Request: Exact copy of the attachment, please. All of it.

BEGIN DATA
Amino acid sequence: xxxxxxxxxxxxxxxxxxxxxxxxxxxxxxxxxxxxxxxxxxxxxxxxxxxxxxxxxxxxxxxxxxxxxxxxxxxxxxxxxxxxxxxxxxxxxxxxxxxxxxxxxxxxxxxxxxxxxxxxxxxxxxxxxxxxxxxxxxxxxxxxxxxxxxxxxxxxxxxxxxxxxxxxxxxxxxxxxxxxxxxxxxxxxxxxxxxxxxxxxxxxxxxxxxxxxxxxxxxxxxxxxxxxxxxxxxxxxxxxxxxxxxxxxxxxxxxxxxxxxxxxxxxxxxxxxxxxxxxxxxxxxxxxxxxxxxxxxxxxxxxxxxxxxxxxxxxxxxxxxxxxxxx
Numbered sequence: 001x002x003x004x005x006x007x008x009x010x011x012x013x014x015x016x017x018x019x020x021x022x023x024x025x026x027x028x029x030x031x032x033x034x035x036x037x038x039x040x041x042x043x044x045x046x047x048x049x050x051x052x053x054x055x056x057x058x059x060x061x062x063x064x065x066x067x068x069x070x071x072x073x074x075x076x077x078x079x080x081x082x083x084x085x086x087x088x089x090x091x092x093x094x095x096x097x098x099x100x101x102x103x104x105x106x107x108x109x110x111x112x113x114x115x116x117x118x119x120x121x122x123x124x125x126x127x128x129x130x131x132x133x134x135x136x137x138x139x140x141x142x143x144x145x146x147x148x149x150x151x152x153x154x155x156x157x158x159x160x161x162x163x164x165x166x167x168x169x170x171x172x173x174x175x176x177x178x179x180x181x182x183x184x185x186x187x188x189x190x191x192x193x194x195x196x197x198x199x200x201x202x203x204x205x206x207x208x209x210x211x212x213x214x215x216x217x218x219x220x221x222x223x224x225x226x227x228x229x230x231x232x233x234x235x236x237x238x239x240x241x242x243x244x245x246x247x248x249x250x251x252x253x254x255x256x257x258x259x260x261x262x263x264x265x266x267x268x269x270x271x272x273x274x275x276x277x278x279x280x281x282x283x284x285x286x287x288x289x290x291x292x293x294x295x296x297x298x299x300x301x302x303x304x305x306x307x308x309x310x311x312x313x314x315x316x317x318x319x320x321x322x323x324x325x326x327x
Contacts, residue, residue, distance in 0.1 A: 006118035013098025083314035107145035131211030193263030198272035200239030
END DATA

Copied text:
Amino acid sequence: xxxxxxxxxxxxxxxxxxxxxxxxxxxxxxxxxxxxxxxxxxxxxxxxxxxxxxxxxxxxxxxxxxxxxxxxxxxxxxxxxxxxxxxxxxxxxxxxxxxxxxxxxxxxxxxxxxxxxxxxxxxxxxxxxxxxxxxxxxxxxxxxxxxxxxxxxxxxxxxxxxxxxxxxxxxxxxxxxxxxxxxxxxxxxxxxxxxxxxxxxxxxxxxxxxxxxxxxxxxxxxxxxxxxxxxxxxxxxxxxxxxxxxxxxxxxxxxxxxxxxxxxxxxxxxxxxxxxxxxxxxxxxxxxxxxxxxxxxxxxxxxxxxxxxxxxxxxxxxxxxxxxxxx
Numbered sequence: 001x002x003x004x005x006x007x008x009x010x011x012x013x014x015x016x017x018x019x020x021x022x023x024x025x026x027x028x029x030x031x032x033x034x035x036x037x038x039x040x041x042x043x044x045x046x047x048x049x050x051x052x053x054x055x056x057x058x059x060x061x062x063x064x065x066x067x068x069x070x071x072x073x074x075x076x077x078x079x080x081x082x083x084x085x086x087x088x089x090x091x092x093x094x095x096x097x098x099x100x101x102x103x104x105x106x107x108x109x110x111x112x113x114x115x116x117x118x119x120x121x122x123x124x125x126x127x128x129x130x131x132x133x134x135x136x137x138x139x140x141x142x143x144x145x146x147x148x149x150x151x152x153x154x155x156x157x158x159x160x161x162x163x164x165x166x167x168x169x170x171x172x173x174x175x176x177x178x179x180x181x182x183x184x185x186x187x188x189x190x191x192x193x194x195x196x197x198x199x200x201x202x203x204x205x206x207x208x209x210x211x212x213x214x215x216x217x218x219x220x221x222x223x224x225x226x227x228x229x230x231x232x233x234x235x236x237x238x239x240x241x242x243x244x245x246x247x248x249x250x251x252x253x254x255x256x257x258x259x260x261x262x263x264x265x266x267x268x269x270x271x272x273x274x275x276x277x278x279x280x281x282x283x284x285x286x287x288x289x290x291x292x293x294x295x296x297x298x299x300x301x302x303x304x305x306x307x308x309x310x311x312x313x314x315x316x317x318x319x320x321x322x323x324x325x326x327x
Contacts, residue, residue, distance in 0.1 A: 006118035013098025083314035107145035131211030193263030198272035200239030